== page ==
Small businesses and individual merchants who previously shunned credit cards because of the required pricey card-reading devices are now letting customers use their plastic thanks to the advent of cheaper smartphone-based payment systems.
Such mobile payment services can be used to pay for food delivery, rickshaws at tourist spots, and discount hotels, bars, and flea markets where credit cards were previously off-limits.
The Yadoya Guesthouse in Nakano Ward, Tokyo, a small facility with seven rooms that charges only around ¥2,500 to ¥4,000 a night, downloaded Rakuten Inc.’s application called smartpay. After that, it only had to plug a small card reader into the smartphone’s headphone jack, swipe the guests’ cards through the reader and get their signature on the screen for authorization. Receipts are emailed to the guests.
Despite high demand from customers, the guesthouse could not afford to buy a conventional card reader needed for credit car payments. It started using the digital payment service last summer because it requires no initial investment. The response has been favorable, the manager said.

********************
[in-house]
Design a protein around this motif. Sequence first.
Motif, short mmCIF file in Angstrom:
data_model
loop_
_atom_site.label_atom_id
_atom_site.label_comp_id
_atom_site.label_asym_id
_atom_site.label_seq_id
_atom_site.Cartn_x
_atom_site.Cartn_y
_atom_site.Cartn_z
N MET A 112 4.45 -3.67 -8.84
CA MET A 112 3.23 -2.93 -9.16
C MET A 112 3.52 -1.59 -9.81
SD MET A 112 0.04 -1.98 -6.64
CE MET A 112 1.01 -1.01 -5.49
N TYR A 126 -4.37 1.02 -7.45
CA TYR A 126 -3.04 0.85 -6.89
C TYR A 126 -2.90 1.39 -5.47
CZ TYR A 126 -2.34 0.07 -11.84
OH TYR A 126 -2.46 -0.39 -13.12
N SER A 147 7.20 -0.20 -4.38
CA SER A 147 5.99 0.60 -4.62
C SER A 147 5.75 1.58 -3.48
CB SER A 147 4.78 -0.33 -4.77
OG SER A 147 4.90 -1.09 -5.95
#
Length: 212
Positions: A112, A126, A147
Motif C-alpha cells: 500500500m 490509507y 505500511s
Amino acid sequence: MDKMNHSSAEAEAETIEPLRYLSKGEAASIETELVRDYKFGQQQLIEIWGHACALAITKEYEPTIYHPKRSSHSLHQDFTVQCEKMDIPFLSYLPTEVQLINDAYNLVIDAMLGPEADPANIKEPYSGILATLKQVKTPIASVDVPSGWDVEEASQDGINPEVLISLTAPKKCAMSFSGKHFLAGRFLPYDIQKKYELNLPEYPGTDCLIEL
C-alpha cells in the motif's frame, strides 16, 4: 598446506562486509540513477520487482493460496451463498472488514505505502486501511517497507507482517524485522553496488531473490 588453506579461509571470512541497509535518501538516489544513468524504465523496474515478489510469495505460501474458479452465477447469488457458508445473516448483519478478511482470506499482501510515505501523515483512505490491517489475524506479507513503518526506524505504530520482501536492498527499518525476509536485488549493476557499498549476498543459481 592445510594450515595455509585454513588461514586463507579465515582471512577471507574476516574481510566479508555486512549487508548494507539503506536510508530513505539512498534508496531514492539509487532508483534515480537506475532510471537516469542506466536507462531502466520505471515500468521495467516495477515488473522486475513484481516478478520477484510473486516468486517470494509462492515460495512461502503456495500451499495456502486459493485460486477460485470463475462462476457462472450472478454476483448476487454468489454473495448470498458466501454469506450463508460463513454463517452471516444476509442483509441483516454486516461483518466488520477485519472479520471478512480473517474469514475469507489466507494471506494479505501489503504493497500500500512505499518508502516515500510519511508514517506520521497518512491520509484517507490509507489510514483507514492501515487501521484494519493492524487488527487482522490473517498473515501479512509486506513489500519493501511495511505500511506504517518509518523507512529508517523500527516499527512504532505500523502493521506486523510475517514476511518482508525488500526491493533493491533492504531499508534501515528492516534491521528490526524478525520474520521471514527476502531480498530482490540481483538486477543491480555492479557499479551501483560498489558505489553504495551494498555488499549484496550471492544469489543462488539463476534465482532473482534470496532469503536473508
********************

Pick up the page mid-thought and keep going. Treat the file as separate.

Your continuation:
Tokyo-based Coiney Inc. and PayPal Inc. of the United States have started offering mobile payment services for smartphones and tablets in Japan. Compared with a conventional card-reading setup, which costs around ¥50,000 to ¥100,000 plus a commission of 5 percent to 7 percent per-transaction, no initial hardware costs are charged and the typical transaction fee is less than 4 percent.
Furthermore, the money will be credited to their bank accounts within several days of the transaction, is much shorter than the month or half a month it takes for a conventional credit card service.
As an experiment, PayPal last November launched a new mobile check-in and payment service allowing people who have installed its application and registered their credit card data and photo in advance, to pay automatically once their face has been identified.